However, the shipowner's duty to the employer is not the same as that to the employee: "The shipowner does not owe to the stevedoring contractor the absolute duty of seaworthiness owed to individual longshoremen." Federal Marine Terminals, supra, at 415, 89 S. Ct. at 1150. The jury's verdict for plaintiff, based on a finding of negligence and/or unseaworthiness, is consequently not helpful in determining whether the shipowner committed a totally independent breach of its duty to the stevedore.
That duty, as the Court noted, has been found by two California District Courts to consist of at least those obligations owed to business invitees or independent contractors, who come on the premises to perform services for the shipowner. Federal Marine Terminals, supra, at 416-417, n. 18, 89 S. Ct. 1144, 1151 and cases and authorities cited therein. Among these obligations are those of giving:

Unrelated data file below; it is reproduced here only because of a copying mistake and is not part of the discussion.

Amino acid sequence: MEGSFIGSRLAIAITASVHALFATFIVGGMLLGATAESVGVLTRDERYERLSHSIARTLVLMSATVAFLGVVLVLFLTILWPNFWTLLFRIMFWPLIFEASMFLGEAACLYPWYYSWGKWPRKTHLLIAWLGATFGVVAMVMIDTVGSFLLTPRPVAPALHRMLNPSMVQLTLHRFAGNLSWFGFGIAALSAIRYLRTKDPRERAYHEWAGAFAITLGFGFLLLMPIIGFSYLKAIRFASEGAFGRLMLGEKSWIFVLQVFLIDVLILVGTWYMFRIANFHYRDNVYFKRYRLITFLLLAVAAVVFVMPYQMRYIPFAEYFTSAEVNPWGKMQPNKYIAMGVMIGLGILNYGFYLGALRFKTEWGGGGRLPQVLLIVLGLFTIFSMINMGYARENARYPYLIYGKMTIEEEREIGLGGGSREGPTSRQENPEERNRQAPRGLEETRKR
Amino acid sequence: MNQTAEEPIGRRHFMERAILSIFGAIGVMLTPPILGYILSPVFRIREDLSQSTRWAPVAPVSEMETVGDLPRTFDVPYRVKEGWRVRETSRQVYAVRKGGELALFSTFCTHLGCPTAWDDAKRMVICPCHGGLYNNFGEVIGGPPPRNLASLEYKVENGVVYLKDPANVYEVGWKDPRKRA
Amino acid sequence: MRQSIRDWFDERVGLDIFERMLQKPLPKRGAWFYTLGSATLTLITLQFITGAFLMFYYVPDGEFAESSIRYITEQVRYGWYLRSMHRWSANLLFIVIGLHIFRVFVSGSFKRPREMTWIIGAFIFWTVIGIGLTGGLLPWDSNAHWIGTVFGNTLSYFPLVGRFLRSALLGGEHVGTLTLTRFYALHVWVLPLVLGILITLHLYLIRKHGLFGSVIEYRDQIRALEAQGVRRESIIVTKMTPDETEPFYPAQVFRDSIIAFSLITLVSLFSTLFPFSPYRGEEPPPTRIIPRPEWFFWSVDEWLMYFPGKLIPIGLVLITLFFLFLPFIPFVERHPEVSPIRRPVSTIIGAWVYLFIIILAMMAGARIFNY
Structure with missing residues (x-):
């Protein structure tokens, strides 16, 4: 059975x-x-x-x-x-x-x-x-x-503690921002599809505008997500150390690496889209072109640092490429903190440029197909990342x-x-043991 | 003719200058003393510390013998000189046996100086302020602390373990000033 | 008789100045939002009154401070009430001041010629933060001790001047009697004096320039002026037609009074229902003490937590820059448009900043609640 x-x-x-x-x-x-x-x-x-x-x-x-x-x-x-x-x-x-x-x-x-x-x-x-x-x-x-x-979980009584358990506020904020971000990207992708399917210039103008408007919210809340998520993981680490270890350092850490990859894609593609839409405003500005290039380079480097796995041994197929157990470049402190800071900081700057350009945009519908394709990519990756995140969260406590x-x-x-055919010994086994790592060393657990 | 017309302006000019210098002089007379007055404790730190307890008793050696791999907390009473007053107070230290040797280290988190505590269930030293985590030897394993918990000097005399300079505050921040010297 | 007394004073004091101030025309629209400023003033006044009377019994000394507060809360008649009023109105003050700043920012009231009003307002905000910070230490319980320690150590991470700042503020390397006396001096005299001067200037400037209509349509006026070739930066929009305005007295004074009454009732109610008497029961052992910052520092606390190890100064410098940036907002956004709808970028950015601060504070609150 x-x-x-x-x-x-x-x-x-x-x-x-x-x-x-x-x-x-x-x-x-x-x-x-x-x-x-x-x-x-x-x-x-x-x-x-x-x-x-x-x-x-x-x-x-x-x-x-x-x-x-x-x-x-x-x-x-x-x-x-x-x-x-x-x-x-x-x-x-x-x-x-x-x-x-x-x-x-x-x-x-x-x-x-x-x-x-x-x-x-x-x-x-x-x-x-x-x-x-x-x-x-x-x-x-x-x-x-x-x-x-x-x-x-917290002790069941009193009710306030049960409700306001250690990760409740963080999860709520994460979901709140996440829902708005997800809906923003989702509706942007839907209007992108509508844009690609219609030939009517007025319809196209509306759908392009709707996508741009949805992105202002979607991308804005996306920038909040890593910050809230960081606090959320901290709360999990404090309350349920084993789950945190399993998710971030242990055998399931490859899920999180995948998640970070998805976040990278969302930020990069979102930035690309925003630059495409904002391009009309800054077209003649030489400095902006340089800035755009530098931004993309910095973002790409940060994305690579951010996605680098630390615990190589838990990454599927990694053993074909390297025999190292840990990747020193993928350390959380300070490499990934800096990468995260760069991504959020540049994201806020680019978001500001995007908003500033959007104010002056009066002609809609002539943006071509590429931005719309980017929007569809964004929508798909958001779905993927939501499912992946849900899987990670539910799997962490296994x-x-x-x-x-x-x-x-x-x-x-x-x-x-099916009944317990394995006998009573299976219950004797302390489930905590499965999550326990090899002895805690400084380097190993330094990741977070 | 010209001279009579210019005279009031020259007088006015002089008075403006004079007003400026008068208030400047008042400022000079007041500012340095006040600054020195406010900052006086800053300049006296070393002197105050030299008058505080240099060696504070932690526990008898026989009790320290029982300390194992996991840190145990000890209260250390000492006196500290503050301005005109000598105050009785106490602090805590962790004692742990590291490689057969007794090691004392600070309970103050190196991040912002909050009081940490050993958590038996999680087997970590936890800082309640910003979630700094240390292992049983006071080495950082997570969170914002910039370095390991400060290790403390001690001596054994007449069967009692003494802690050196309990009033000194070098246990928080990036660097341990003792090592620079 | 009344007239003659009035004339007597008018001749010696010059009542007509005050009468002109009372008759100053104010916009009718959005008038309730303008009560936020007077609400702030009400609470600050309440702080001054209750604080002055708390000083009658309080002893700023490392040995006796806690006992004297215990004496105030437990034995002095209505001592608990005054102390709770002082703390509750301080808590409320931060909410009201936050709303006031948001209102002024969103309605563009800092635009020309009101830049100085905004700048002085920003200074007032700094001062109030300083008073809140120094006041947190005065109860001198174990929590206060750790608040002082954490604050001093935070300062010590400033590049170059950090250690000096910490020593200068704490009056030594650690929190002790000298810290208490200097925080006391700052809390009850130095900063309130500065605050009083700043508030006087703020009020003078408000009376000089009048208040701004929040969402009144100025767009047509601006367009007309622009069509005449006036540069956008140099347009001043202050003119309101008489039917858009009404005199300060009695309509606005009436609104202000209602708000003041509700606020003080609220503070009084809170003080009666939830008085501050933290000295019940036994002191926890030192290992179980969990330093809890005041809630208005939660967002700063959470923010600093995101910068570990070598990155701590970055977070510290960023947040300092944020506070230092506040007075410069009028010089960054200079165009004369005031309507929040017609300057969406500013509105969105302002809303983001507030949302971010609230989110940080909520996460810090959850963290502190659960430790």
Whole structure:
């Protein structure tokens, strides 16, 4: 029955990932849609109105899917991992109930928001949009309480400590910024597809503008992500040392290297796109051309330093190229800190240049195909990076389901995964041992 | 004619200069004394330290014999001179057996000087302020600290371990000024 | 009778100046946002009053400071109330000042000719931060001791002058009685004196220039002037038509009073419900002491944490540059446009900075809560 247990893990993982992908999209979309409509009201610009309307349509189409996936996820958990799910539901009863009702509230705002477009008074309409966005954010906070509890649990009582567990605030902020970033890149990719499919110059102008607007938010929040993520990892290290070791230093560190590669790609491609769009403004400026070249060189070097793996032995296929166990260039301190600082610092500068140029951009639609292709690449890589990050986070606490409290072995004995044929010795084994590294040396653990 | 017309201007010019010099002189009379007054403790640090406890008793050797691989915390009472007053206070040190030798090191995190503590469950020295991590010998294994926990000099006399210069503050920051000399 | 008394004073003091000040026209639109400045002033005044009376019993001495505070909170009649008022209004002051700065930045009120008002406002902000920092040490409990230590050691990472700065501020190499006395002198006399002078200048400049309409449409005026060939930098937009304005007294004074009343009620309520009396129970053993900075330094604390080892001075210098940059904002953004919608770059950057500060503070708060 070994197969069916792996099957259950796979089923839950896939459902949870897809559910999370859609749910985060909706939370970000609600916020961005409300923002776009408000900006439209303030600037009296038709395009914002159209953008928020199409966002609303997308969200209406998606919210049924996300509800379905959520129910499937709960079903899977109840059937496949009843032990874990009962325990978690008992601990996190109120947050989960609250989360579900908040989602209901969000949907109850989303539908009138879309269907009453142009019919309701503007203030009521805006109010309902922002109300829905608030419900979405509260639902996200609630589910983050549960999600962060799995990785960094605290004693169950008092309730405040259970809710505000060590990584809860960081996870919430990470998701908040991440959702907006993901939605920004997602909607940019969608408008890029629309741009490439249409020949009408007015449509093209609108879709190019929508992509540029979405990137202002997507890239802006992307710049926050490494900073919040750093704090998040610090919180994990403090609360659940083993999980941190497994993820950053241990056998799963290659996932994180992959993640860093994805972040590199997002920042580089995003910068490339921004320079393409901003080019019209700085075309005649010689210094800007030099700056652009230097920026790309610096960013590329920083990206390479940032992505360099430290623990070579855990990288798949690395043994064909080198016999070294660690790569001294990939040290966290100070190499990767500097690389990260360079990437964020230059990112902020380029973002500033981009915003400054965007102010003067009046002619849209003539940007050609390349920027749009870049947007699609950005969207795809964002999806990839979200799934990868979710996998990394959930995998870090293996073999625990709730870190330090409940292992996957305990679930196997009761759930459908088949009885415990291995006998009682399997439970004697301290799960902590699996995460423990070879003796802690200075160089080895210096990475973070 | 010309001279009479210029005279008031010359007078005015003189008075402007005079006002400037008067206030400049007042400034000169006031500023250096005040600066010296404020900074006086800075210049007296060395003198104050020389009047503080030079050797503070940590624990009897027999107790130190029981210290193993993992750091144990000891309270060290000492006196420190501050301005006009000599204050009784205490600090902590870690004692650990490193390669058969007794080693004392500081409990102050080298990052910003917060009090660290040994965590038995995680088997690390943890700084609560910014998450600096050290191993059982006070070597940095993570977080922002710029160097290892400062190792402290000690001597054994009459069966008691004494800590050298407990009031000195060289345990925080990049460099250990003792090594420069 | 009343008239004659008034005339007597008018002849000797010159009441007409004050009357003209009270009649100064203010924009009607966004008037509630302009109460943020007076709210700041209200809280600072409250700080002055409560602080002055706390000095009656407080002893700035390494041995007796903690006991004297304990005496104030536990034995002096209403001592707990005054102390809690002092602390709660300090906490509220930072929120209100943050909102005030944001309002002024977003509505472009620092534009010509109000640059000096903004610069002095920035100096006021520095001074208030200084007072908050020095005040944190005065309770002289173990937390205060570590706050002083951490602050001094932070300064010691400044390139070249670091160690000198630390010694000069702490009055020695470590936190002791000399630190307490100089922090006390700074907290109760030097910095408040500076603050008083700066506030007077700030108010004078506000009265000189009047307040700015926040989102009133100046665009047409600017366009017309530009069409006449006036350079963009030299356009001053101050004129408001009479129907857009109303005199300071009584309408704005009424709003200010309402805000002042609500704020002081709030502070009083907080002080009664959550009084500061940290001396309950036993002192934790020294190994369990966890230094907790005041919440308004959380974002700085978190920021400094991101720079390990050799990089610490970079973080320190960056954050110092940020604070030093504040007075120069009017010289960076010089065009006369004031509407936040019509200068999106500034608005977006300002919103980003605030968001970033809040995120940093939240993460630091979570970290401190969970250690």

the stevedoring contractor reasonable warning of the existence of any latent or hidden danger which has not been remedied and is not usually encountered or reasonably to be expected by an expert and experienced stevedoring company in the performance of the stevedoring work aboard the ship, if the shipowner * * * in the exercise of ordinary care under the circumstances, should know of the existence of such danger, and the danger is one which the shipowner should reasonably expect a stevedoring contractor to encounter in the performance of the stevedoring contract.
Id. citing Hugev v. Dampskisaktieselskabet International, 170 F. Supp. 601, 610-611 (S.D. Cal. 1959), aff'd sub nom., Metropolitan Stevedore Co. v. Dampskisaktieselskabet International, 274 F.2d 875 (9th Cir.), cert. denied, 363 U.S. 803, 80 S. Ct. 1237, 4 L. Ed. 2d 1147 (1960). See W. Prosser, Law of Torts, 402-405 (3rd ed. 1964).